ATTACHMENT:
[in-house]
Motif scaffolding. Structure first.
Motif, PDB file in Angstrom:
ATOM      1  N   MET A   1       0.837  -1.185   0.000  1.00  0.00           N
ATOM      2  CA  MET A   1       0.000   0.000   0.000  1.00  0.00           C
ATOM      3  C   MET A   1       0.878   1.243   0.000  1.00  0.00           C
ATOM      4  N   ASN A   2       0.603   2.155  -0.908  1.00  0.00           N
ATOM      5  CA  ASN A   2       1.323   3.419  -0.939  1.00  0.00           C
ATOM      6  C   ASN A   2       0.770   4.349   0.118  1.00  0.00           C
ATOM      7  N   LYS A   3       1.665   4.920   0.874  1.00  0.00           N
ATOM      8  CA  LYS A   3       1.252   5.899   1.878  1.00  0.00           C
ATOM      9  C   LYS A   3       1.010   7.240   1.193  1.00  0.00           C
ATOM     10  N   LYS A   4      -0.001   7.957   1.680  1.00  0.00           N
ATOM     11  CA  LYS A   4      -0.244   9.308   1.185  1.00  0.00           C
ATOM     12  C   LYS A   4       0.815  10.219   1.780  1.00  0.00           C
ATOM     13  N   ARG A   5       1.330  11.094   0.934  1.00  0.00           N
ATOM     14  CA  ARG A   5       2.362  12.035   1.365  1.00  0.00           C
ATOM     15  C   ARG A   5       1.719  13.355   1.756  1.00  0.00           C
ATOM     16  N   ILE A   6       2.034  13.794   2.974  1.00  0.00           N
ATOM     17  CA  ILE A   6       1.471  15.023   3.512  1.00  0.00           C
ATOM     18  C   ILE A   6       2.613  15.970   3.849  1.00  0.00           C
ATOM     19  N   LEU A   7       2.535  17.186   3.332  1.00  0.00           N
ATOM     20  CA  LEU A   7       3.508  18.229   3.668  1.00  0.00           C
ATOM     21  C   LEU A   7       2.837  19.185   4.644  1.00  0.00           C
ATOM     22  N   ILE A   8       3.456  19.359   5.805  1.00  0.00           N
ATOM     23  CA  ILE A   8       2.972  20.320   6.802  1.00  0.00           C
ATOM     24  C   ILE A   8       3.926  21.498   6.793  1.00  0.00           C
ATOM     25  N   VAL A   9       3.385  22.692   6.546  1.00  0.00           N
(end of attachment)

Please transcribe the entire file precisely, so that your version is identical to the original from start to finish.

[in-house]
Motif scaffolding. Structure first.
Motif, PDB file in Angstrom:
ATOM      1  N   MET A   1       0.837  -1.185   0.000  1.00  0.00           N
ATOM      2  CA  MET A   1       0.000   0.000   0.000  1.00  0.00           C
ATOM      3  C   MET A   1       0.878   1.243   0.000  1.00  0.00           C
ATOM      4  N   ASN A   2       0.603   2.155  -0.908  1.00  0.00           N
ATOM      5  CA  ASN A   2       1.323   3.419  -0.939  1.00  0.00           C
ATOM      6  C   ASN A   2       0.770   4.349   0.118  1.00  0.00           C
ATOM      7  N   LYS A   3       1.665   4.920   0.874  1.00  0.00           N
ATOM      8  CA  LYS A   3       1.252   5.899   1.878  1.00  0.00           C
ATOM      9  C   LYS A   3       1.010   7.240   1.193  1.00  0.00           C
ATOM     10  N   LYS A   4      -0.001   7.957   1.680  1.00  0.00           N
ATOM     11  CA  LYS A   4      -0.244   9.308   1.185  1.00  0.00           C
ATOM     12  C   LYS A   4       0.815  10.219   1.780  1.00  0.00           C
ATOM     13  N   ARG A   5       1.330  11.094   0.934  1.00  0.00           N
ATOM     14  CA  ARG A   5       2.362  12.035   1.365  1.00  0.00           C
ATOM     15  C   ARG A   5       1.719  13.355   1.756  1.00  0.00           C
ATOM     16  N   ILE A   6       2.034  13.794   2.974  1.00  0.00           N
ATOM     17  CA  ILE A   6       1.471  15.023   3.512  1.00  0.00           C
ATOM     18  C   ILE A   6       2.613  15.970   3.849  1.00  0.00           C
ATOM     19  N   LEU A   7       2.535  17.186   3.332  1.00  0.00           N
ATOM     20  CA  LEU A   7       3.508  18.229   3.668  1.00  0.00           C
ATOM     21  C   LEU A   7       2.837  19.185   4.644  1.00  0.00           C
ATOM     22  N   ILE A   8       3.456  19.359   5.805  1.00  0.00           N
ATOM     23  CA  ILE A   8       2.972  20.320   6.802  1.00  0.00           C
ATOM     24  C   ILE A   8       3.926  21.498   6.793  1.00  0.00           C
ATOM     25  N   VAL A   9       3.385  22.692   6.546  1.00  0.00           N